Reportedly, applications are still being accepted for this campaign season’s vacant vice-presidential slots. On both the Republican and Democratic sides of the ledger it’s wide open. Curiously, Humpty Dumpty might fit the bill as either Donald Trump’s or Hillary Clinton’s running mate. Lewis Caroll’s anthropomorphic, pontificating egg, after all, memorably announced, “When I use a word, it means just what I choose it to mean — neither more nor less.”
It’s increasingly apparent that’s the way the Manhattan mogul regards the use of language; and plainly it’s been the Clintons’ rule of thumb — for them and their entire Democratic/Liberal tribe, truth be told — for decades. As this political season churns bewilderingly onward, long-acknowledged definitions of specific terms, framing some of life’s most basic realities, continue to be turned on their noggins. Unscrupulous individuals, admittedly, have treated words as their playthings for ages — but lately the parties’ front-runners and their corresponding loyalists seem to have driven that trend into overdrive.
“Male”, “Female”? “Man”, “Woman”? “Sex”, “Gender”? Even understandings as fundamental as these have proven themselves grievously susceptible.
Regis Nicoll recently elaborated,
Prior to the sixties, “gender” was used primarily as a grammatical term for classifying masculine and feminine nouns … Once co-opted into the feminist agenda, “gender” was hitched to … terms reflecting free-floating feelings and attitudes rather than hard-wired genetics and biology … [A]s “gender” gained currency, it became a synonym for “sex,” while reducing “sex” to a term for intercourse … “[G]ender” eventually subsumed even biological sex.
Further to that, the suffix “-phobia” began turning up in the most unlikely places. Merriam Webster construes it: “an exaggerated usually inexplicable and illogical fear”. It would typically be applied to designations like: “agoraphobia”, “acrophobia” and “arachnophobia” (irrational fear of public spaces, heights and spiders, respectively).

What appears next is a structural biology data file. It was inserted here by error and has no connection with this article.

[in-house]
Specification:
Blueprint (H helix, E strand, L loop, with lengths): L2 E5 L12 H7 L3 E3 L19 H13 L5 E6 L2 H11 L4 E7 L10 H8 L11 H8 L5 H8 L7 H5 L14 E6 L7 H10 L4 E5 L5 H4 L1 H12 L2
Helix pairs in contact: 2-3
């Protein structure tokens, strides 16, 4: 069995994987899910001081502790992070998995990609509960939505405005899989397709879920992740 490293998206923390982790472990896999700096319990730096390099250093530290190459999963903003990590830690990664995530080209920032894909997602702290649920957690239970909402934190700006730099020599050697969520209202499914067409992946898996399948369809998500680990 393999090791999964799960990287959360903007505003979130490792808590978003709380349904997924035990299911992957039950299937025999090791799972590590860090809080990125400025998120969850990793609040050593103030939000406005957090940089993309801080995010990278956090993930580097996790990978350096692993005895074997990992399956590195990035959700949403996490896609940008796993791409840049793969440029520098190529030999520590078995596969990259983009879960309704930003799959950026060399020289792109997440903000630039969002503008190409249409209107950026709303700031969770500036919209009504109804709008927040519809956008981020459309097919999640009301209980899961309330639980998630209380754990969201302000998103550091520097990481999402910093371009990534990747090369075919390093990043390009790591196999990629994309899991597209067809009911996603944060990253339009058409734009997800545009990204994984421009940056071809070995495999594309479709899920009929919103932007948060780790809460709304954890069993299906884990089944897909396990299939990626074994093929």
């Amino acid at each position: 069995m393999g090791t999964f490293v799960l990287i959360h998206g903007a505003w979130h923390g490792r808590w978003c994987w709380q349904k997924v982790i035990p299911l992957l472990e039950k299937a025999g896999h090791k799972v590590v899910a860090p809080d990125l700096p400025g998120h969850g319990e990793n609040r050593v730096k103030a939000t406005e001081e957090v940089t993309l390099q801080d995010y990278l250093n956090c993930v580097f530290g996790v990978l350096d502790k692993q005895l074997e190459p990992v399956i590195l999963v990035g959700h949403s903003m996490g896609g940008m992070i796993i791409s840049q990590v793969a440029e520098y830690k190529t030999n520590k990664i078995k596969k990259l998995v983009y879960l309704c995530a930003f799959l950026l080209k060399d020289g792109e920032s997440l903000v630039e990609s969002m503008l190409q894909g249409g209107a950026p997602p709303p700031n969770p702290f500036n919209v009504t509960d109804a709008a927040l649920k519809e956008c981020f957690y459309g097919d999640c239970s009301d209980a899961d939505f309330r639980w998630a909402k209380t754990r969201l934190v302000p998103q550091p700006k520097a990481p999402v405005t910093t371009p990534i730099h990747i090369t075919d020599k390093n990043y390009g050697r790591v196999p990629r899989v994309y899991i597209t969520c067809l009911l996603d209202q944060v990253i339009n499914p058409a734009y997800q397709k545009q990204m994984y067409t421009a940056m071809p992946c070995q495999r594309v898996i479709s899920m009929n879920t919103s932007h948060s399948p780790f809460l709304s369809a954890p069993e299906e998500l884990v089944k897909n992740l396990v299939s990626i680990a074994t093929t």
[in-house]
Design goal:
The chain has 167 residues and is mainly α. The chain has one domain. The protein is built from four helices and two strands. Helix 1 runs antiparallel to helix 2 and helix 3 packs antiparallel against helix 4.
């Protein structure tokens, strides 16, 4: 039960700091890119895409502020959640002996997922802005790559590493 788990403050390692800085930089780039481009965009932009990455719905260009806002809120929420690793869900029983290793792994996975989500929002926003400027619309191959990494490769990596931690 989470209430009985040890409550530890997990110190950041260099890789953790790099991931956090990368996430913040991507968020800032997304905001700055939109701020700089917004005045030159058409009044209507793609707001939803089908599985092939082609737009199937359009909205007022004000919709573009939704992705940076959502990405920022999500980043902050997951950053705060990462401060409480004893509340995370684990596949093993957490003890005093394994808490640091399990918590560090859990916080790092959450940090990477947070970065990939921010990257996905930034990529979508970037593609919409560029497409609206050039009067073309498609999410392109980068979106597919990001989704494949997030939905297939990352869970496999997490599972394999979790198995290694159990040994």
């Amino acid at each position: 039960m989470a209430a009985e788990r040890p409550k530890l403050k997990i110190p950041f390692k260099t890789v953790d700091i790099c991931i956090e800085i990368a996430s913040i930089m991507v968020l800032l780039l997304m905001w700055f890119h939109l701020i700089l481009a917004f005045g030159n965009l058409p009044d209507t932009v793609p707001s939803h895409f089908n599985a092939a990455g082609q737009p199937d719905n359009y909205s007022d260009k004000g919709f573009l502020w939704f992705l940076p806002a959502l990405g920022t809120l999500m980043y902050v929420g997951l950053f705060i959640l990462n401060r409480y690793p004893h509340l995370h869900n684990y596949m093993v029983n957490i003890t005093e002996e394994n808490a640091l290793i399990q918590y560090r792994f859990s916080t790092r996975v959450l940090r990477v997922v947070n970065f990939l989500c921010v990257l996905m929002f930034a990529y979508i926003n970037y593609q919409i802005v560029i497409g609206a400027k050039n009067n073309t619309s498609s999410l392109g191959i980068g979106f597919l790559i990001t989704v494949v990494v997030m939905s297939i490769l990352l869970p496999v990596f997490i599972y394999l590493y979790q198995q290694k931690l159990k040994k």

Presently, however? A person whose opinion makes someone else feel uncomfortable or unhappy is routinely charged with fill-in-the-blank-phobia.
For instance, those recognizing the obvious – that non-procreative, same-sex diddling is neither natural nor healthy — are styled “homophobes”. A father bridling at a grown man in a dress sashaying into the ladies’ room being used by his elementary-school-age daughter — he’s styled “transphobic”.
Marriage? Ha! — rookie stuff. The debauching of that once-venerable concept became official a couple years ago; thanks significantly to our president, and most especially, our highest court. Two males, two females? Whatever. Going to the mat over one-man/one-woman matrimony? No, no — that would be “homophobic”.
And Clinton and Company are exuberantly on board with all these communicatively and culturally
“Tolerance”– heretofore “willingness to accept feelings, habits, or beliefs that are different from your own” — has been transmogrified by authoritarian Leftists to mean: There’ll be hell to pay unless everyone agrees with us and does things our way.
Then there’s “racism”: Progressives impulsively call it on any white person who criticizes any black (or increasingly, Latino or Asian) person for any reason. Meanwhile, we’re lectured imperiously that minorities are positionally incapable of perpetrating “racism” — under any circumstances — textbook definitions notwithstanding — because African-Americans, Hispanics, etc. lack societal power. Or drivel to that effect.